But the most striking factor is a lack of domestic water charges. Ireland is the only OECD country without direct water charges; water services are funded by general taxation (OECD, 2018) [pdf]. Ireland’s lack of domestic water charges exacerbates Dublin’s water scarcity problems. Missing prices complicate efforts to reduce demand, increase the need for supply-side solutions, and hamper Irish Water’s efforts to pay water service costs (Zhao & Crosbie, 2012). The absence of water charges is particularly ironic when one considers that the “Dublin principles” say “water has an economic value in all its competing uses and should be recognized as an economic good” (ICWE, 1992) [pdf].

Why does Dublin lack domestic water charges? Politics, and more particularly the Irish government’s botched attempt at introducing water pricing in 2014.

Numerous factors contribute to the politicisation of water. “Framing” — or the conceptualisation of an issue — has a significant role (Chong & Druckman, 2007). A frame narrows the focus to an issue’s implications for a particular set of values. Different frames can oppose each other, and the  government lost the framing contest quite spectacularly.

Protests took place in towns and cities across the Republic, including Letterkenny in County Donegal, where more than 8,000 people are believed to have taken to the streets — BBC – KEIRON TOURISH

In the context of severe austerity measures and the rolling back of the Irish welfare state, the government framed the need for domestic water charges as a means of boosting economic efficiency (O’Neill et al., 2018). The opposition, on the other hand, framed charges as part of the government’s anti-poor agenda. The opposition’s framing was particularly potent in the context of the financial crisis in which public services were slashed and widespread government corruption was exposed.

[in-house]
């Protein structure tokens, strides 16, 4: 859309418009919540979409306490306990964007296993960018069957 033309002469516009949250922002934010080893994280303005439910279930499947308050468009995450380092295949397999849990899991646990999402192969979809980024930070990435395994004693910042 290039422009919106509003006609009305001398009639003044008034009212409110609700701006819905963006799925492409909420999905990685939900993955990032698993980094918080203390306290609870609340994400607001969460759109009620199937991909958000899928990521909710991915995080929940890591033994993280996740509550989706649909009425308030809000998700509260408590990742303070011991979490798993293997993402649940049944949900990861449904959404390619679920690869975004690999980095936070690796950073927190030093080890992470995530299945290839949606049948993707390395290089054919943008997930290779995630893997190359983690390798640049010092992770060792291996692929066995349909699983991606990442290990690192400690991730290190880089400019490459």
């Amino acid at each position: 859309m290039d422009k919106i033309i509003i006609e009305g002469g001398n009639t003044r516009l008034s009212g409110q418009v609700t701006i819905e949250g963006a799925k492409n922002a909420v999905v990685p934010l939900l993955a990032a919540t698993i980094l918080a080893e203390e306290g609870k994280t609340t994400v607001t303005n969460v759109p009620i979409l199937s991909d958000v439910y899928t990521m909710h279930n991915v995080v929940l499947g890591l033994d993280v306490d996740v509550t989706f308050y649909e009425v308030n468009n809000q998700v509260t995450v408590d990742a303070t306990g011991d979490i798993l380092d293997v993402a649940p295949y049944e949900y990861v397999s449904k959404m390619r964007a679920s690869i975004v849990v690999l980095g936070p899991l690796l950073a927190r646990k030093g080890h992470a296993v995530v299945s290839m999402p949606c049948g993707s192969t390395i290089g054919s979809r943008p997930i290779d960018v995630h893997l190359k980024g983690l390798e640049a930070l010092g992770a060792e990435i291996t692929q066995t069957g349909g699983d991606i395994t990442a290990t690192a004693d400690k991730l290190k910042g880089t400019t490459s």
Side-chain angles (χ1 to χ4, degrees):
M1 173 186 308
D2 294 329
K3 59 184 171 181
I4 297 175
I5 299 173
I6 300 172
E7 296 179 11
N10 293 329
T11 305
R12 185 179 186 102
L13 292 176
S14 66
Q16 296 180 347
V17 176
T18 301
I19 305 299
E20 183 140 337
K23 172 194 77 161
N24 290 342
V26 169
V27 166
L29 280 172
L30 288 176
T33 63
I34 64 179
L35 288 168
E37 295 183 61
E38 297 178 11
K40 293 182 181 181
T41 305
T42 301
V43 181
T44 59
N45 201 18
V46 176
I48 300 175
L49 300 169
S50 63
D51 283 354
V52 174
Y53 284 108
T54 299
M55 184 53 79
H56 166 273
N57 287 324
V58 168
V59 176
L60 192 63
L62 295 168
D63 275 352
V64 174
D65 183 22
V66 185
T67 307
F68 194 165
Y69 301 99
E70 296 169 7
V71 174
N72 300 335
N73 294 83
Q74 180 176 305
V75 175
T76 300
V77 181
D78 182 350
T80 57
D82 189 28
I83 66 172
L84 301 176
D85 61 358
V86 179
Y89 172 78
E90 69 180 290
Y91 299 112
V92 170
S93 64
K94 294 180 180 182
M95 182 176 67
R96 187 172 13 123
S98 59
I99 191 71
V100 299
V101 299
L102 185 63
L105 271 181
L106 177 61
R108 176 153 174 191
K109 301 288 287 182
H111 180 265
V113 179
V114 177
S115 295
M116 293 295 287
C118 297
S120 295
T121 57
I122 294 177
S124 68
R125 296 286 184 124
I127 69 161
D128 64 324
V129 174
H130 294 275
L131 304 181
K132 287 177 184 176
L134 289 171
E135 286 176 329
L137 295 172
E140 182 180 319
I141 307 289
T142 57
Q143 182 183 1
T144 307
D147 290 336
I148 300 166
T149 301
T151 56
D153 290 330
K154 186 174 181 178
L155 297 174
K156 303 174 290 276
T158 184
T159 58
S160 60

The government’s misguided framing, combined with low public trust, meant that the public was unlikely to support its water management reform.

Bottom Line: Irish politics have impeded the adoption of domestic water charges, which are deemed integral to integrated water resources management. A key issue has been the government’s inability to frame water charges as useful to the public. The government should try to re-frame the issue in terms of environmental or pro-poor outcomes, if it wants to shift public sentiment.

* Please help my Water Scarcity students by commenting on unclear analysis, alternative perspectives, better data sources, or maybe just saying something nice 🙂

Will Las Vegas disappear?

Elena writes*

Las Vegas, USA is located in the Mojave desert and home to 650,000 people. The city is constantly facing water scarcity, which is worsened by climate change. For example, temperatures are more extreme and the water cycle is accelerating.